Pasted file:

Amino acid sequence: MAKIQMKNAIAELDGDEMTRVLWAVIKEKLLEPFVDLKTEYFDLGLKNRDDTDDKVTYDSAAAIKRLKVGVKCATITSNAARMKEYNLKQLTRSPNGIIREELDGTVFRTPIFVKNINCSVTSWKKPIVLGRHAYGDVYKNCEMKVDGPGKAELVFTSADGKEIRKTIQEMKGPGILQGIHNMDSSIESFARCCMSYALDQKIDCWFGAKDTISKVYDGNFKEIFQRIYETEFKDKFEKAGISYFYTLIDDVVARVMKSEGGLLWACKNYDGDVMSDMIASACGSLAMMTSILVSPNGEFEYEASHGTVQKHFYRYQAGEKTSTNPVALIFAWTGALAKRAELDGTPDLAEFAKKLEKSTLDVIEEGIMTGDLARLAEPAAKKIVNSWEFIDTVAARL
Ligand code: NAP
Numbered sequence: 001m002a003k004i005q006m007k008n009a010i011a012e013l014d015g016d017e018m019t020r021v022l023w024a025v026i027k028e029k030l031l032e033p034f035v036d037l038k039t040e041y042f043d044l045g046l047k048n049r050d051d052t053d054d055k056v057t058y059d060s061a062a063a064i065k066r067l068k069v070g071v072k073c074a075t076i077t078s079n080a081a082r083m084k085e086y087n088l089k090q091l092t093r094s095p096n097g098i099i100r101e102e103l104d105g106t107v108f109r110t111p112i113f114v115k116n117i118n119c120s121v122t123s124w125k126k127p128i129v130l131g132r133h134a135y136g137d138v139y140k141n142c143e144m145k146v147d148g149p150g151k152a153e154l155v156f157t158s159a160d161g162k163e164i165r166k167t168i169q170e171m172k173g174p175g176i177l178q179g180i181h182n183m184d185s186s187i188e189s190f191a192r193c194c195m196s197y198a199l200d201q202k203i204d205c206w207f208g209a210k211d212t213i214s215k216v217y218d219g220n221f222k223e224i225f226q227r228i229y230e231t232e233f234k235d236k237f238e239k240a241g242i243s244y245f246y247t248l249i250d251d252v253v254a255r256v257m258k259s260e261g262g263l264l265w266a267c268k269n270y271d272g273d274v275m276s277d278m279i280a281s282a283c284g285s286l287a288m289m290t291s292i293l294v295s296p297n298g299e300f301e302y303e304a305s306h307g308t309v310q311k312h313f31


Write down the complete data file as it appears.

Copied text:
Amino acid sequence: MAKIQMKNAIAELDGDEMTRVLWAVIKEKLLEPFVDLKTEYFDLGLKNRDDTDDKVTYDSAAAIKRLKVGVKCATITSNAARMKEYNLKQLTRSPNGIIREELDGTVFRTPIFVKNINCSVTSWKKPIVLGRHAYGDVYKNCEMKVDGPGKAELVFTSADGKEIRKTIQEMKGPGILQGIHNMDSSIESFARCCMSYALDQKIDCWFGAKDTISKVYDGNFKEIFQRIYETEFKDKFEKAGISYFYTLIDDVVARVMKSEGGLLWACKNYDGDVMSDMIASACGSLAMMTSILVSPNGEFEYEASHGTVQKHFYRYQAGEKTSTNPVALIFAWTGALAKRAELDGTPDLAEFAKKLEKSTLDVIEEGIMTGDLARLAEPAAKKIVNSWEFIDTVAARL
Ligand code: NAP
Numbered sequence: 001m002a003k004i005q006m007k008n009a010i011a012e013l014d015g016d017e018m019t020r021v022l023w024a025v026i027k028e029k030l031l032e033p034f035v036d037l038k039t040e041y042f043d044l045g046l047k048n049r050d051d052t053d054d055k056v057t058y059d060s061a062a063a064i065k066r067l068k069v070g071v072k073c074a075t076i077t078s079n080a081a082r083m084k085e086y087n088l089k090q091l092t093r094s095p096n097g098i099i100r101e102e103l104d105g106t107v108f109r110t111p112i113f114v115k116n117i118n119c120s121v122t123s124w125k126k127p128i129v130l131g132r133h134a135y136g137d138v139y140k141n142c143e144m145k146v147d148g149p150g151k152a153e154l155v156f157t158s159a160d161g162k163e164i165r166k167t168i169q170e171m172k173g174p175g176i177l178q179g180i181h182n183m184d185s186s187i188e189s190f191a192r193c194c195m196s197y198a199l200d201q202k203i204d205c206w207f208g209a210k211d212t213i214s215k216v217y218d219g220n221f222k223e224i225f226q227r228i229y230e231t232e233f234k235d236k237f238e239k240a241g242i243s244y245f246y247t248l249i250d251d252v253v254a255r256v257m258k259s260e261g262g263l264l265w266a267c268k269n270y271d272g273d274v275m276s277d278m279i280a281s282a283c284g285s286l287a288m289m290t291s292i293l294v295s296p297n298g299e300f301e302y303e304a305s306h307g308t309v310q311k312h313f31